• Week two was spent at the Rewati Nursing Home. This is basically a small private obstetrics and gynaecology hospital. I had a fantastic week here working alongside the Consultant Obstetrician who was very eager to teach and show me everything that happened at the hospital. I assisted with births and caesareans in the delivery room, assisted with medication rounds in the NICU and helped with history taking in the OPD. I was taught how to suture and maintain good infection control using different methods to the NHS. I learnt about healthcare systems in India. The system is incredibly complicated - private and public facilities appear to operate with minimal regulation. Continuity of care across services did not seem evident. I saw instances of problems which do not occur in the UK. For example, women would come to the hospital for an abortion as they knew they were pregnant with a girl. Female foeticide is becoming increasingly common in a country where male births are celebrated and female births are seen to cost more (through lower wages, dowries etc). Dr Rita who I worked with does not perform abortions for this reason, but some doctors in India carry out these terminations solely as they can make a lot of money from them. The child sex ratio has changed over the last twenty years for this reason. IN the 1991 census there was 945 girls to 1000 boys. The 2001 census found that it had changed to 927 girls to 1000 boys.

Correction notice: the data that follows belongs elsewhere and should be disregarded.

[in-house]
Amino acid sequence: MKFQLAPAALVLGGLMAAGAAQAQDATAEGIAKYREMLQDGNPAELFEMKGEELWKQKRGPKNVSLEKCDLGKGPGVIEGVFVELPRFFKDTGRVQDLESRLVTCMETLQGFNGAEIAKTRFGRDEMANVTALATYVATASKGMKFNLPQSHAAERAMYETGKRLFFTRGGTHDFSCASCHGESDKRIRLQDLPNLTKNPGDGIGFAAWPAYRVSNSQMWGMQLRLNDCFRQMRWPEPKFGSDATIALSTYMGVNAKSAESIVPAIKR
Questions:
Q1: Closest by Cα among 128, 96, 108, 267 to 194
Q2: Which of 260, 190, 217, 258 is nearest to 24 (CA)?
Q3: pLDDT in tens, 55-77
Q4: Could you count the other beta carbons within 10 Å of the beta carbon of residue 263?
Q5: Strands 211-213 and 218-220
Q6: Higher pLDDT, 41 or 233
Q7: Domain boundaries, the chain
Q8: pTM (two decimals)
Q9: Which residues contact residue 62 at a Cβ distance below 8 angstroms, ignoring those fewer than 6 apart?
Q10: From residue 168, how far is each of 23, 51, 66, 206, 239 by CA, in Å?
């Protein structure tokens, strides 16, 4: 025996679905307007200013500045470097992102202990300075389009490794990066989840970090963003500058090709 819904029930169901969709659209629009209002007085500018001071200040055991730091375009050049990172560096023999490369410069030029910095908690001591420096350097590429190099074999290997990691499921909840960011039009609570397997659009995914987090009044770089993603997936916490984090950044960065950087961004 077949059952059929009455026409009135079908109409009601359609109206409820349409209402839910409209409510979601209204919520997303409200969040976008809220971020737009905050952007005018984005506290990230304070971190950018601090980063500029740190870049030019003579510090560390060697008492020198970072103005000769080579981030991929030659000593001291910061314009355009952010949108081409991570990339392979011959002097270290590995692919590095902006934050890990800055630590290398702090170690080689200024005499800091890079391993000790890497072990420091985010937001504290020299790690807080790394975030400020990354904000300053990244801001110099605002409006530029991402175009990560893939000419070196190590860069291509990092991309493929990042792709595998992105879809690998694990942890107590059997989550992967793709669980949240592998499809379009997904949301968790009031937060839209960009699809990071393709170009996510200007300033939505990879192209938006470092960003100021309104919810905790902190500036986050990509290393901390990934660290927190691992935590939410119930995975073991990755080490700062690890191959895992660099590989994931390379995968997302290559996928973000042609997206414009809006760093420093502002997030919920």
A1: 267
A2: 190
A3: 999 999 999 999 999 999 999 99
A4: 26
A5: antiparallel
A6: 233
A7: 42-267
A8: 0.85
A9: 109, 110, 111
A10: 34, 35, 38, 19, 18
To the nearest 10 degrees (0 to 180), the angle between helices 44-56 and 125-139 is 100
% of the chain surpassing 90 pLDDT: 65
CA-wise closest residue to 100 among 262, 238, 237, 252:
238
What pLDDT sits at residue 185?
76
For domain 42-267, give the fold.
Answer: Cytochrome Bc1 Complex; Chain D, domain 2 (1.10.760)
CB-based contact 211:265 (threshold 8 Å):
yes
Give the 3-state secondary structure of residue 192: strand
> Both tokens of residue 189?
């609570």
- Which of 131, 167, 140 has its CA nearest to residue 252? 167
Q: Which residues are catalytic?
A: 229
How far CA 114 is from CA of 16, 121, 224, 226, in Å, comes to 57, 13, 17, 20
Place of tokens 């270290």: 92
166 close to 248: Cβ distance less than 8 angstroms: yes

• My final two weeks were spent at the Herbertpur Mission Hospital, about an hour and a half’s drive by bus from Dehradun. Although I’m not religious myself, this seemed like an interesting opportunity to see how a Christian hospital would operate in a country predominantly made up of Hindu’s and Muslims. The hospital was in quite a rural area, designed to be more accessible to hill tribe people. It was a great experience as I got to work across various departments and was fully involved in all aspects of nursing care. In terms of my learning outcomes I experienced the health inequalities which can occur and also saw the impact of environmental factors upon healthcare. Patients here were expected to pay for their care, they were billed for every medication, syringe and bandage they used. For many families this was very difficult. Whilst as government welfare system was available to the poorest of patients, this scheme appeared to have been abused. It was also interesting seeing patients arrive when their condition and symptoms had become unbearable. As it was monsoon season and many hill people did not have their own transport, they would only come to the hospital when they felt their condition could no longer be managed or contained. As such, patients would present with deteriorating symptoms and during the late stages of illnesses. I was also interesting to see conditions which would be unusual in the UK. Many women who worked in the fields presented with snake bites on their hands and feet. There was also many cases of malaria and dengue fever.